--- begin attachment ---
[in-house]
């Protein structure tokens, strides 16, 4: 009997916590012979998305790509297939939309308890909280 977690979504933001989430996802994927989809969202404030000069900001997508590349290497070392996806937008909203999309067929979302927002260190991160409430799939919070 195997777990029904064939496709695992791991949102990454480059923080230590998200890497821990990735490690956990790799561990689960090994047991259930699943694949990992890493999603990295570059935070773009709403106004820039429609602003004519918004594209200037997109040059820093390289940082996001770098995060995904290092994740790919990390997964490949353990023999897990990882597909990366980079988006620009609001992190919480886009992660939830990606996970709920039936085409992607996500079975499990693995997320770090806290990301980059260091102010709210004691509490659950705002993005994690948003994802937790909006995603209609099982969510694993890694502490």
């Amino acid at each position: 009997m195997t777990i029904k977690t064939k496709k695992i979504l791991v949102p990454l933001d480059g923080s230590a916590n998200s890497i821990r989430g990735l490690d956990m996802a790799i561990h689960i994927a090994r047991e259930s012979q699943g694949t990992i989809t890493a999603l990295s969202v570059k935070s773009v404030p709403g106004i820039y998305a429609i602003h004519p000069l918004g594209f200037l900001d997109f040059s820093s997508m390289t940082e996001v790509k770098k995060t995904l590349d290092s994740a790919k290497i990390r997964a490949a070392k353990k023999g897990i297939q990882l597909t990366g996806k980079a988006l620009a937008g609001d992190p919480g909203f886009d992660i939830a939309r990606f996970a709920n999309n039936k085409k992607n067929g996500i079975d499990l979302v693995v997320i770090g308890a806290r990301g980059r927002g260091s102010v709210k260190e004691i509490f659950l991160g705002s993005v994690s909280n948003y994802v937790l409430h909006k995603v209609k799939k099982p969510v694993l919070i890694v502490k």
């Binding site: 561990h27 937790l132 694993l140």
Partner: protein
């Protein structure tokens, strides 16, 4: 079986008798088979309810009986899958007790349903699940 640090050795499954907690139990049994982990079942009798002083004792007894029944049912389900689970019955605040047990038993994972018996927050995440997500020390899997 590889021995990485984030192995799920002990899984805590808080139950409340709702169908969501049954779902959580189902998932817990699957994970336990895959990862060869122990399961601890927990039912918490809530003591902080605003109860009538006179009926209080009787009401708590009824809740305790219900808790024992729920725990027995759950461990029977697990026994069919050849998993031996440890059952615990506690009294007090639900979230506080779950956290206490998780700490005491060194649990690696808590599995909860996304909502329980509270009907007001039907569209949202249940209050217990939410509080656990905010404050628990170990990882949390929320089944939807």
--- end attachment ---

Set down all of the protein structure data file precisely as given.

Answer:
[in-house]
């Protein structure tokens, strides 16, 4: 009997916590012979998305790509297939939309308890909280 977690979504933001989430996802994927989809969202404030000069900001997508590349290497070392996806937008909203999309067929979302927002260190991160409430799939919070 195997777990029904064939496709695992791991949102990454480059923080230590998200890497821990990735490690956990790799561990689960090994047991259930699943694949990992890493999603990295570059935070773009709403106004820039429609602003004519918004594209200037997109040059820093390289940082996001770098995060995904290092994740790919990390997964490949353990023999897990990882597909990366980079988006620009609001992190919480886009992660939830990606996970709920039936085409992607996500079975499990693995997320770090806290990301980059260091102010709210004691509490659950705002993005994690948003994802937790909006995603209609099982969510694993890694502490």
């Amino acid at each position: 009997m195997t777990i029904k977690t064939k496709k695992i979504l791991v949102p990454l933001d480059g923080s230590a916590n998200s890497i821990r989430g990735l490690d956990m996802a790799i561990h689960i994927a090994r047991e259930s012979q699943g694949t990992i989809t890493a999603l990295s969202v570059k935070s773009v404030p709403g106004i820039y998305a429609i602003h004519p000069l918004g594209f200037l900001d997109f040059s820093s997508m390289t940082e996001v790509k770098k995060t995904l590349d290092s994740a790919k290497i990390r997964a490949a070392k353990k023999g897990i297939q990882l597909t990366g996806k980079a988006l620009a937008g609001d992190p919480g909203f886009d992660i939830a939309r990606f996970a709920n999309n039936k085409k992607n067929g996500i079975d499990l979302v693995v997320i770090g308890a806290r990301g980059r927002g260091s102010v709210k260190e004691i509490f659950l991160g705002s993005v994690s909280n948003y994802v937790l409430h909006k995603v209609k799939k099982p969510v694993l919070i890694v502490k």
């Binding site: 561990h27 937790l132 694993l140």
Partner: protein
């Protein structure tokens, strides 16, 4: 079986008798088979309810009986899958007790349903699940 640090050795499954907690139990049994982990079942009798002083004792007894029944049912389900689970019955605040047990038993994972018996927050995440997500020390899997 590889021995990485984030192995799920002990899984805590808080139950409340709702169908969501049954779902959580189902998932817990699957994970336990895959990862060869122990399961601890927990039912918490809530003591902080605003109860009538006179009926209080009787009401708590009824809740305790219900808790024992729920725990027995759950461990029977697990026994069919050849998993031996440890059952615990506690009294007090639900979230506080779950956290206490998780700490005491060194649990690696808590599995909860996304909502329980509270009907007001039907569209949202249940209050217990939410509080656990905010404050628990170990990882949390929320089944939807």